How to Use Flash Fill and Recommended Charts
After much dragging of feet, I finally made the switch to Office 2013 on my workstation. There have been some interface hurdles to overcome, but after only a few short weeks I’ve already come to prefer it. In this edition of our How-To series, I’ll explore a couple of Excel 2013 functions that have made my life and work that much easier.
First off – and this isn’t so much a feature or function so much as it is a change from the status quo – each workbook gets its own window. No longer will I have to resize spreadsheet sub-windows or open separate instances of Excel in order to work on two spreadsheets at once.
But let’s get to some features that will actively help you on a daily basis.
Data entry is a necessary evil in my day to day work. I work with a pretty big quantity of data on a daily basis, and it is very important that all the right letters and numbers get input correctly.
Here’s a simple example. Imagine a scenario where you have to take prospects’ names and get them into your CRM database. You pull a list of raw data – companies, names, positions, etc. – but you need to get the formatting right in order to get everything into your database correctly. Enter Flash Fill, a built in feature of Excel 2013.
First off, I don’t have to go about retyping the same thing for every field:
I can also just use the drag function at the bottom right corner to fill in a set of cells with the same text:
This isn’t any different from Excel 2010. Well, not yet anyway.
Let’s look at what happens with some slightly more complex data, like different names:
Let’s say that my CRM requires me to segment full names into first, middle, and last. Excel 2013 does this through something called Flash Fill. Simply start typing and Excel automatically recognizes a trend, shows you what it thinks you want, and you can choose whether or not to fill in the remaining cells according to Flash Fill:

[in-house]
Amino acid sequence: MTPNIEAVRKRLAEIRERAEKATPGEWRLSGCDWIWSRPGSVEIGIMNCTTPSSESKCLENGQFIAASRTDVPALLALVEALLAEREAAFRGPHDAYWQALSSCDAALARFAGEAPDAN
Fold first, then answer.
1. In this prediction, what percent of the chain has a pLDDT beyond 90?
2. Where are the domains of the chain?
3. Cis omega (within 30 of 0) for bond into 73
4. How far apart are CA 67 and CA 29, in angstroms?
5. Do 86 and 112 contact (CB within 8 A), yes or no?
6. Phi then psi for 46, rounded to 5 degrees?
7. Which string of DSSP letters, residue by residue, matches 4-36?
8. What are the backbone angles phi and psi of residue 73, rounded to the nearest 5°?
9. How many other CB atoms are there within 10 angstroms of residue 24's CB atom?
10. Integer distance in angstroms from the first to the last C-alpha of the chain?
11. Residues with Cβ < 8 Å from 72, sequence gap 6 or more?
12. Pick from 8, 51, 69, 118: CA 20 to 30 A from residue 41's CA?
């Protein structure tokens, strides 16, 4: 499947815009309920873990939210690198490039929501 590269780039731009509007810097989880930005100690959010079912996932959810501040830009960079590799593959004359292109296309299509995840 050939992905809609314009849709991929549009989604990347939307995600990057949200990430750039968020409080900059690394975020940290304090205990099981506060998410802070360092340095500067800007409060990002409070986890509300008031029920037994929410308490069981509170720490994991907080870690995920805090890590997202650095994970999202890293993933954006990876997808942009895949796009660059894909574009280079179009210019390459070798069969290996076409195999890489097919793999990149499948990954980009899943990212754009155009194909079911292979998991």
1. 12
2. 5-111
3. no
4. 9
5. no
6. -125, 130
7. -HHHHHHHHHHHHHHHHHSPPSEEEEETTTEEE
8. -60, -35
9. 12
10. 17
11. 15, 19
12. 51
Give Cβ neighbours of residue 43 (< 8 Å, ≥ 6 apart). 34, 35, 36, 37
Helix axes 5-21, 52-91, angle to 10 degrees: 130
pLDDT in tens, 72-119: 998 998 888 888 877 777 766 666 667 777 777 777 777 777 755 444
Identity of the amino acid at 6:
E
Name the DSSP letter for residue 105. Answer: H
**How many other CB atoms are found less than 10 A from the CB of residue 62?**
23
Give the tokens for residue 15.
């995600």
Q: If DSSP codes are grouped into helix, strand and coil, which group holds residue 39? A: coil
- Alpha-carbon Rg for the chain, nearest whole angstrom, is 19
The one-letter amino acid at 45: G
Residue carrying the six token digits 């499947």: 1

It’s not an extra employee or an intern brought on to do data entry though – data has to be consistent across the board for it to recognize the pattern. For instance, if even one of those full names in the Employee column didn’t have a middle initial then Flash Fill wouldn’t work.
As long as you know how to use it though, the Flash Fill feature makes data entry very, very easy. This means I spend less time entering data like a drone and more time using the data to my advantage. This brings us to another Excel 2013 feature that I’ve fallen in love with, Recommended Charts.
Building visual representations of your data in previous editions of Excel was something of an arcane art, daunting to us layfolk at best, maddening on most days, and downright homicidal on others.
But it doesn’t have to be. Excel 2013 includes a lovely little function called Recommended Charts. Let’s take a look.
First, I’ll enter some random data:
Then I select my data set and click on Recommended Charts from the Insert tab:
Now I’m given an option or options to represent the data in a visually appealing and easily understandable manner:
If the suggestions aren’t to your liking, just hop over to the All Charts tab and find one that does:
Hovering your mouse over the chart will blow it up for you:
Now I just click OK and I’ve inserted a nice little chart:
There are then all sorts of chart styles you can play with in the Design tab to further adjust the chart to your liking. Simply hover over one of these to see what a slightly different style would look like:
Getting this far in Excel 2010, 2007, or – heaven forbid – 2003 would have involved at least one sacrificial lamb. Just look at 2010:
So I’ve inserted a chart, but if I want to check out what other charts might look like I’d have to go to the Chart Layouts section, find the layout I think I want, and then click it:
The bottom line is that Excel 2013 has serious potential for business use. I’m still exploring its true functionality, but for now I’m elated. It’s the little things in life…